Although short looping lends itself well to the club environment, long looping can be used to become a second guitarist or backing track.  I prefer this in relaxed environments where people are casually listening (or not) and eating their dinner.

The most seamless way I’ve found to do this is to record the loop while you are singing. Go through your verse and chorus until you reach the part where it will repeat and click your loop in. This way you don’t have to waste time and lose interest building a long loop without a melody. It can be difficult to do all of this and still have a metronomic loop. Solo performers almost always vary the tempo in different sections of songs, and you need unconscious control over your meter while you are singing. This only comes from practice with a metronome and all musicians really need this whether they are looping or not. Let me be the first to say I still need a lot of practice.

A problem with looping are the bridge sections of songs and key modulations. A lot of times you’ll have to rearrange songs to exclude these sections (as unfortunate as that is). But don’t fret- most people won’t even notice. For certain songs with important bridges I’ll just keep all harmonic elements separate from the percussion tracks and drop out the guitar/bass track while playing the bridge live over the drum track. This keeps a continuity in the flow of the song. Remember as long as you are staying on tempo you can go for long periods of time without any backing track and still retain the magic of the performance.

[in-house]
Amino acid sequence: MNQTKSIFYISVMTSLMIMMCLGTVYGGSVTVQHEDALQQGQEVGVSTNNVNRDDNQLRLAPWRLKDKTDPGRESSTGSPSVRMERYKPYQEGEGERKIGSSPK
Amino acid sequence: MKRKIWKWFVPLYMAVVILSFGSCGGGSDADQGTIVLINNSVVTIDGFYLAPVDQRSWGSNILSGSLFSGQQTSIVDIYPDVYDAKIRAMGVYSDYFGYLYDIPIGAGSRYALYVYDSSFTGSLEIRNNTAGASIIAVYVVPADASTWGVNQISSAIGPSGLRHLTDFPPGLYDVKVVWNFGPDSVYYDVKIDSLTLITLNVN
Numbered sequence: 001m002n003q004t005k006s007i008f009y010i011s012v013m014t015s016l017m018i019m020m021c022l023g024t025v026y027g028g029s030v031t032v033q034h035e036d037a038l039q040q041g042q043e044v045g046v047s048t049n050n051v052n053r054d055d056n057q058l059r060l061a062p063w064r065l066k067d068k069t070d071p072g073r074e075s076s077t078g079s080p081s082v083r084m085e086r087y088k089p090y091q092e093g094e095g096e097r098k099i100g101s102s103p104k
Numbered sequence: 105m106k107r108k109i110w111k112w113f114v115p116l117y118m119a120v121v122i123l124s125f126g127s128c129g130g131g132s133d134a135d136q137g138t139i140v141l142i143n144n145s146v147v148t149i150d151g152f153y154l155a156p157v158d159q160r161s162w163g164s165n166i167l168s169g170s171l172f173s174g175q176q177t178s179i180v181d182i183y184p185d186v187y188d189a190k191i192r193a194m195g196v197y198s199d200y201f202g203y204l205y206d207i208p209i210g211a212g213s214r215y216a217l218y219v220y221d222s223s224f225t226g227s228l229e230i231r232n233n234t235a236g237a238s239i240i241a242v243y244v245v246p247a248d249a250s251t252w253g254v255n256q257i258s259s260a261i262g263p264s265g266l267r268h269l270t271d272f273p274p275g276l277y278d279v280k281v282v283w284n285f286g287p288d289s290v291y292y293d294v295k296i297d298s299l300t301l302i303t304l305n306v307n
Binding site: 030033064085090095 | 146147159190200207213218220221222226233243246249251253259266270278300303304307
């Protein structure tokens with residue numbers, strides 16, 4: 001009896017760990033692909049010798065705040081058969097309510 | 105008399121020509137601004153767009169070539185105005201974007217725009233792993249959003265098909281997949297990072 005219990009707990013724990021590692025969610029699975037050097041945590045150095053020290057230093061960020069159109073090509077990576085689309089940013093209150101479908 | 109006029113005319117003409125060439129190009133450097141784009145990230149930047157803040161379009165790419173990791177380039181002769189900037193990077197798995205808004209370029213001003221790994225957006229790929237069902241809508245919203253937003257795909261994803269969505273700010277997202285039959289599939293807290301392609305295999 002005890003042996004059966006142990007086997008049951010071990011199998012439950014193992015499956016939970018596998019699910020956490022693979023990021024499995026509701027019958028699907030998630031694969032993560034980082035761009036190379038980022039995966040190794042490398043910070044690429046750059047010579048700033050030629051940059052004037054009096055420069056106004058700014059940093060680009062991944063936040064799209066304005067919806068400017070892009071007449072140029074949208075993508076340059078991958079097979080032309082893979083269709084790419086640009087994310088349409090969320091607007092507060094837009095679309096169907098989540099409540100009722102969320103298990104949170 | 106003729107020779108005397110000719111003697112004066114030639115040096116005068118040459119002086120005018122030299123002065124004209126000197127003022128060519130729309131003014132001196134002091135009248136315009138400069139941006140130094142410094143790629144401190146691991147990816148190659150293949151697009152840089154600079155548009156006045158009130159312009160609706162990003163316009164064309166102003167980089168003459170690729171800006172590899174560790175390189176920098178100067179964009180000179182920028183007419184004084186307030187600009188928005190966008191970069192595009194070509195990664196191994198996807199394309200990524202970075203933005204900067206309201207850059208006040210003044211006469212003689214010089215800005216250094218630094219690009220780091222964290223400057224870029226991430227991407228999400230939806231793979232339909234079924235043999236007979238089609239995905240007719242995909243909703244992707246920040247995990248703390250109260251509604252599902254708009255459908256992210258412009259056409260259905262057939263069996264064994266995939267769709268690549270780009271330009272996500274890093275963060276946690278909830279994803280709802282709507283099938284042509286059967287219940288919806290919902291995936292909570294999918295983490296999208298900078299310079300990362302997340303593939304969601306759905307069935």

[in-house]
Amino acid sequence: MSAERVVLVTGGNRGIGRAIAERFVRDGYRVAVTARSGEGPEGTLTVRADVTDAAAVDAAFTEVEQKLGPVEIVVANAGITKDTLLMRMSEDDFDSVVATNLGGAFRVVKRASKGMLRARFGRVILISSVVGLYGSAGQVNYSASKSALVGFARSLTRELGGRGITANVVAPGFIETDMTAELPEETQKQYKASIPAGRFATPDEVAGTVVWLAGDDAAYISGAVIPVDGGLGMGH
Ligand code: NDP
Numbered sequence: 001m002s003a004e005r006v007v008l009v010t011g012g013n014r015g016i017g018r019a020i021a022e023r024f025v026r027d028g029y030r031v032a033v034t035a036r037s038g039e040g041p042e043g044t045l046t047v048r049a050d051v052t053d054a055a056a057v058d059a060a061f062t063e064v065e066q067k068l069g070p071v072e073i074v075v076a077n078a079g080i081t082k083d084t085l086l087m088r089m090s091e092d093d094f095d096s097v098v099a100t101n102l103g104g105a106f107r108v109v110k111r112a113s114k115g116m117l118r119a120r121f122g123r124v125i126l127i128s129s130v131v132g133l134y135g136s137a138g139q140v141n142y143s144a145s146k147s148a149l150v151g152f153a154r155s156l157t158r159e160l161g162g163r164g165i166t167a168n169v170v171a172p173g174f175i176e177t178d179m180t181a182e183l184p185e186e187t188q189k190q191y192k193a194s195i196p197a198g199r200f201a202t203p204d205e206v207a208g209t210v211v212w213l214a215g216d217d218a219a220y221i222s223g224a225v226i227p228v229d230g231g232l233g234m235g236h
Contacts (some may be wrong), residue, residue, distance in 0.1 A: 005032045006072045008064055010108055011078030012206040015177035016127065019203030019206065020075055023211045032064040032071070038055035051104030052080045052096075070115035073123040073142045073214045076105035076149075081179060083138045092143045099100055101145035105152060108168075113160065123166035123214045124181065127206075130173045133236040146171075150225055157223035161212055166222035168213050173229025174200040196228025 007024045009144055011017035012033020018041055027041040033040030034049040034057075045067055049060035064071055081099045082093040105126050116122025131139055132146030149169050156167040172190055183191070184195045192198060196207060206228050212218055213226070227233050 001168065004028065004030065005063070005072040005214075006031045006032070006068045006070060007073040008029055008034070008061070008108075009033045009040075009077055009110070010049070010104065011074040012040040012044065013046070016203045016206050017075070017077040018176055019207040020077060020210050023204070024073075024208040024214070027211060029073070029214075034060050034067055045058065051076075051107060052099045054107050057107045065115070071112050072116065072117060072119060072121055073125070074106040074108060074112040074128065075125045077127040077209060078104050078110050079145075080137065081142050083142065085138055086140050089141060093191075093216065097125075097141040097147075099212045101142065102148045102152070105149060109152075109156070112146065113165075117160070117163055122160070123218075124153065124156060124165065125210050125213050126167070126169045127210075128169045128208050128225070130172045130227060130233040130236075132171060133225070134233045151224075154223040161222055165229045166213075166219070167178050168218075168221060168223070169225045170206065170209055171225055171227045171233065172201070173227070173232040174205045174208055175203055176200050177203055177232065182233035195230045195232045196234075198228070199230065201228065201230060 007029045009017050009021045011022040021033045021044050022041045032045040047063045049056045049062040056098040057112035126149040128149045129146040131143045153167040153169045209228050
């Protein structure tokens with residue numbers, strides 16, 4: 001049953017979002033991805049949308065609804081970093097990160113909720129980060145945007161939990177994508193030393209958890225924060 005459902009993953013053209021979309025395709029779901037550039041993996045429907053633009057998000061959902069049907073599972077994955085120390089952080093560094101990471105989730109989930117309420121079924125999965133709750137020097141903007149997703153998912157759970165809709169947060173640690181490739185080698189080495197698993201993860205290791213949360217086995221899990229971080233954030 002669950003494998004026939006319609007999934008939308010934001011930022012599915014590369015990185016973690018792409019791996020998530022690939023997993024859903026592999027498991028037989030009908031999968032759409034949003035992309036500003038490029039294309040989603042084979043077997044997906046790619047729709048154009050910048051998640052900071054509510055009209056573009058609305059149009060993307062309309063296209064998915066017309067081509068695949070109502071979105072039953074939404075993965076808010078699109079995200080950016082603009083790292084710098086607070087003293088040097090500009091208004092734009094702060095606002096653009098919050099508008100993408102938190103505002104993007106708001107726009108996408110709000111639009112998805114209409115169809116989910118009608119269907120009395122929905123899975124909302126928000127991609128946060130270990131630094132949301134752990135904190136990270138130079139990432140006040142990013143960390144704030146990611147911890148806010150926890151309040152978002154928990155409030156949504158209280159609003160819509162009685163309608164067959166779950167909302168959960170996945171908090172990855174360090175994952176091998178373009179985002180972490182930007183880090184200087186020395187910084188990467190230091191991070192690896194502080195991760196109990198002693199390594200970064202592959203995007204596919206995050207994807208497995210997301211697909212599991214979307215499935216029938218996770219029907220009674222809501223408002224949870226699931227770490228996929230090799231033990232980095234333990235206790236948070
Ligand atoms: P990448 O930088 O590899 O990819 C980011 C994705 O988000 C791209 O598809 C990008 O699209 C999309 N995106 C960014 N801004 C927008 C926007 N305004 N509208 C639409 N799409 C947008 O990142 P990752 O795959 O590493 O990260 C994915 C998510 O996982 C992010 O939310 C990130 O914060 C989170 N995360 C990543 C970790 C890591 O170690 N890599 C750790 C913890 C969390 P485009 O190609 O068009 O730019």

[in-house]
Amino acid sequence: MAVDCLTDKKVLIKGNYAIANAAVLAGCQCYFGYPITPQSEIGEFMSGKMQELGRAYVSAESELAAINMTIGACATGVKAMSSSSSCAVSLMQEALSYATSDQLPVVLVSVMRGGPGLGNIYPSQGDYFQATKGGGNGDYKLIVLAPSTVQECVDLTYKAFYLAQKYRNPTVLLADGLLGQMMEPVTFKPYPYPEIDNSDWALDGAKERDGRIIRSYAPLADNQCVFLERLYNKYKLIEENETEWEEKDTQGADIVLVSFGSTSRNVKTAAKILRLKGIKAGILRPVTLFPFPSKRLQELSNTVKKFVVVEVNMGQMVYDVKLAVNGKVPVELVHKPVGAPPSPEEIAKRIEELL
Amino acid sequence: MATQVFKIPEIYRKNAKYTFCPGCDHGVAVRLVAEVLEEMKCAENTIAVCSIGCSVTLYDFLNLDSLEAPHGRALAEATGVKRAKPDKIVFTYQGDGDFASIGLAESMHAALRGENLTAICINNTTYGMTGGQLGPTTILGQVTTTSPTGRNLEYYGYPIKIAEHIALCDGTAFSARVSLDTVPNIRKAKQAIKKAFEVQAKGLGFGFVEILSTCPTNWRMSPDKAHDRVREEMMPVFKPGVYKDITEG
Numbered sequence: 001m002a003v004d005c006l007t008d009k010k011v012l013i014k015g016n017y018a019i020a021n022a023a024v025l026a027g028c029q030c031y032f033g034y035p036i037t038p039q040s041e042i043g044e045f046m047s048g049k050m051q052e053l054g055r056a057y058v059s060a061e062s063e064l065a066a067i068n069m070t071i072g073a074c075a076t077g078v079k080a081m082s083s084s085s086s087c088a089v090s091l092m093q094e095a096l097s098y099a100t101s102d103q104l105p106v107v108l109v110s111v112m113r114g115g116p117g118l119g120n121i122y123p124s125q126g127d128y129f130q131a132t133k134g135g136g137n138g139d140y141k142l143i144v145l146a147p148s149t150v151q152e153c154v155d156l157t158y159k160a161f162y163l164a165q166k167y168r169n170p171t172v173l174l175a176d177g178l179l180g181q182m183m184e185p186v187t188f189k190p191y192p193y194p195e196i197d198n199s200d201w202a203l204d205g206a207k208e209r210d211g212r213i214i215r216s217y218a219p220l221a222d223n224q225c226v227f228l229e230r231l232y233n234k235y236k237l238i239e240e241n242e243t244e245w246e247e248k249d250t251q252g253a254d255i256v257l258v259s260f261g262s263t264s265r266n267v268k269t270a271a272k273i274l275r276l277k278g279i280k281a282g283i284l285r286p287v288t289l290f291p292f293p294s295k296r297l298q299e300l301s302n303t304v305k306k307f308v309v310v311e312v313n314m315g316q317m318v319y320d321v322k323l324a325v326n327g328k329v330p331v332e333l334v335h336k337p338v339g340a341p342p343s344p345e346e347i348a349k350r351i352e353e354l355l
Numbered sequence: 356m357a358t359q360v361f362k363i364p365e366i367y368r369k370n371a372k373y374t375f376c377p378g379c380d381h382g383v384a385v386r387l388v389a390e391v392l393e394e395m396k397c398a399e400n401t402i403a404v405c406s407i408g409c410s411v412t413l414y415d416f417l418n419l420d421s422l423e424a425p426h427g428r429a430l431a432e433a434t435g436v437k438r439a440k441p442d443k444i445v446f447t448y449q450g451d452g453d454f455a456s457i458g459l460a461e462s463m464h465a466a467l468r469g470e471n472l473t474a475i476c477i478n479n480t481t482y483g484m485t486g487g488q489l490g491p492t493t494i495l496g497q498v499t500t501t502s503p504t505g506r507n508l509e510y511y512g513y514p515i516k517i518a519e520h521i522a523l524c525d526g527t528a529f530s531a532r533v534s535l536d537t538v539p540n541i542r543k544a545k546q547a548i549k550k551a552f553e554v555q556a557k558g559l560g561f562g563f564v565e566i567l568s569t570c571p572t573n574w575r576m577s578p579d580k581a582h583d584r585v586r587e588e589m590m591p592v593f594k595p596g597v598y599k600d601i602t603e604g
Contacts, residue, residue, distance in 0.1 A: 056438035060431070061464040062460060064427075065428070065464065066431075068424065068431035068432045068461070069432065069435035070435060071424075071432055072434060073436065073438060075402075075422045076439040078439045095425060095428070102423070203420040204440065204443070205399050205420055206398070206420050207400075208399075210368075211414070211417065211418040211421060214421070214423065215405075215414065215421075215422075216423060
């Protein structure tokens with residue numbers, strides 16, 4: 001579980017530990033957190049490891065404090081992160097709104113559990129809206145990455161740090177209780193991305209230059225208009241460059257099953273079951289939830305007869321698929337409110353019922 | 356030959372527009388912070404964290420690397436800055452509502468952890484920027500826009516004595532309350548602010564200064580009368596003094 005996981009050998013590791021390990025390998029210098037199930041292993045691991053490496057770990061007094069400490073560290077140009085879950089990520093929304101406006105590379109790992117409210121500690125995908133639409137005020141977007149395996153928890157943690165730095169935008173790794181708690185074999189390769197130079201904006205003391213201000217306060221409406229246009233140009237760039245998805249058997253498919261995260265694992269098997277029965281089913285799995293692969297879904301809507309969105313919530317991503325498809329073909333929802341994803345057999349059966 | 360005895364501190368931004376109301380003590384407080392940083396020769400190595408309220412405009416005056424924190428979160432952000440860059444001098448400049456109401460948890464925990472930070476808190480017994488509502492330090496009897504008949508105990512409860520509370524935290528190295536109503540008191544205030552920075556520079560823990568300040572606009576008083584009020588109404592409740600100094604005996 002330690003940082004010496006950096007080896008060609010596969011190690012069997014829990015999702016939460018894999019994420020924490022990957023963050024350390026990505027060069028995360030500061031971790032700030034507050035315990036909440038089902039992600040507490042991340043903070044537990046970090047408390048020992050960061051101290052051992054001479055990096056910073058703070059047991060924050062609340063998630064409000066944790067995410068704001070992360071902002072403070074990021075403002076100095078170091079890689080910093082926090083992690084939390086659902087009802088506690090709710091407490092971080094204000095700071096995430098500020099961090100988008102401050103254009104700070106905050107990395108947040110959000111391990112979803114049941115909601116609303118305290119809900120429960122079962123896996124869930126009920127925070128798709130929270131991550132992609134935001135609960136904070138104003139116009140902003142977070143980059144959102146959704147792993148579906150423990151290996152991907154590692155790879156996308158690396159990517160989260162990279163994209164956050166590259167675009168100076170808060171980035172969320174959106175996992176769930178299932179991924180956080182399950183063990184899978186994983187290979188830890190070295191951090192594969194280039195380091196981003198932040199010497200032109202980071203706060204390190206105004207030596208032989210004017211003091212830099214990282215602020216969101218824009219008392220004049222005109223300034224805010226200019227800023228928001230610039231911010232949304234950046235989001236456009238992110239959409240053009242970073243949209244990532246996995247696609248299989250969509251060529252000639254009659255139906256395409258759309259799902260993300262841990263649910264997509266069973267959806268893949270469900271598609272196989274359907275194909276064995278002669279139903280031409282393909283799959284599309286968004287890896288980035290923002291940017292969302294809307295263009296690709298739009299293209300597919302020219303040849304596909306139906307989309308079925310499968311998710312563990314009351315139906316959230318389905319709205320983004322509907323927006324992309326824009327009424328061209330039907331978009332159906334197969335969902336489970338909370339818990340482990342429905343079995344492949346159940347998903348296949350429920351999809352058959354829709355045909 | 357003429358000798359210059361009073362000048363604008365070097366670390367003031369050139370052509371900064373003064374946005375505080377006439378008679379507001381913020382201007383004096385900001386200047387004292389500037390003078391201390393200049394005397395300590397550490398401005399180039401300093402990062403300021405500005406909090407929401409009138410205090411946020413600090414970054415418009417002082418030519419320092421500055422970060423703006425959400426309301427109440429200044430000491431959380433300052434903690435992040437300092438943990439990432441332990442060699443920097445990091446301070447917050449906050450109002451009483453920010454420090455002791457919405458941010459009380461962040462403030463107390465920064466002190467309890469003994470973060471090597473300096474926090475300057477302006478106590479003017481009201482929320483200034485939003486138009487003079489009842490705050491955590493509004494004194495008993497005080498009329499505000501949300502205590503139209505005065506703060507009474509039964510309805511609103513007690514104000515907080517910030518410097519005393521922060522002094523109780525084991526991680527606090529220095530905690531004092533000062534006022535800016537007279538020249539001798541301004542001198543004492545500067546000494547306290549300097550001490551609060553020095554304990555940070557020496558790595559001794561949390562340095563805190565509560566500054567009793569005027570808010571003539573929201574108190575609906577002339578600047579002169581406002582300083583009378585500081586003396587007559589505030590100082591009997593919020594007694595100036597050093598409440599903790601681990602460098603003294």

There will usually be a section of a song that lends itself best to looping- sometimes it’s best to just loop this section and bring it in while performing the rest of the song live. This allows you to not worry about major changes and still have the elements of a backing track at key moments. The way to achieve this is to keep your tempo while playing live the same as the tempo on the loop. There is a cheat to this if you are having trouble (which I often do). Make sure to watch the flashing tempo light on the pedal to make sure you are staying with the loop- this is a great way to keep yourself in check.

My style is based on pragmatism and function. I’m only looking to create basic accompaniments and make a full band sound. Other more famous loopers are creating incredible magic shows using huge setups and it’s up to you to decide who you are as a performer.